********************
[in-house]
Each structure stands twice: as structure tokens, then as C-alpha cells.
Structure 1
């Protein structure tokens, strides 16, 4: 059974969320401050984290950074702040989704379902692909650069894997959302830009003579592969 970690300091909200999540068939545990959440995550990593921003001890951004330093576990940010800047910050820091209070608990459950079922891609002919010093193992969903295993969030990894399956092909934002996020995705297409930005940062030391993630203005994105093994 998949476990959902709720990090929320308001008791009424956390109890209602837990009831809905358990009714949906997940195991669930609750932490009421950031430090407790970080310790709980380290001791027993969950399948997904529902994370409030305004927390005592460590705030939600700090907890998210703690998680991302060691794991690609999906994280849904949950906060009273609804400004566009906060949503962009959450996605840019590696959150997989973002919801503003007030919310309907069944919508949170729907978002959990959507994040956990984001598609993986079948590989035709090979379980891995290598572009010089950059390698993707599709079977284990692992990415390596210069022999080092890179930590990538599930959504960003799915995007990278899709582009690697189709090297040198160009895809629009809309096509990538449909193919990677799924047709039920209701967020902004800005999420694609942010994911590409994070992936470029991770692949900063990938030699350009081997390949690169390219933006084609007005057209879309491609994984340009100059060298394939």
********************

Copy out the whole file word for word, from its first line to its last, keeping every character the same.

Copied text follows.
[in-house]
Each structure stands twice: as structure tokens, then as C-alpha cells.
Structure 1
């Protein structure tokens, strides 16, 4: 059974969320401050984290950074702040989704379902692909650069894997959302830009003579592969 970690300091909200999540068939545990959440995550990593921003001890951004330093576990940010800047910050820091209070608990459950079922891609002919010093193992969903295993969030990894399956092909934002996020995705297409930005940062030391993630203005994105093994 998949476990959902709720990090929320308001008791009424956390109890209602837990009831809905358990009714949906997940195991669930609750932490009421950031430090407790970080310790709980380290001791027993969950399948997904529902994370409030305004927390005592460590705030939600700090907890998210703690998680991302060691794991690609999906994280849904949950906060009273609804400004566009906060949503962009959450996605840019590696959150997989973002919801503003007030919310309907069944919508949170729907978002959990959507994040956990984001598609993986079948590989035709090979379980891995290598572009010089950059390698993707599709079977284990692992990415390596210069022999080092890179930590990538599930959504960003799915995007990278899709582009690697189709090297040198160009895809629009809309096509990538449909193919990677799924047709039920209701967020902004800005999420694609942010994911590409994070992936470029991770692949900063990938030699350009081997390949690169390219933006084609007005057209879309491609994984340009100059060298394939």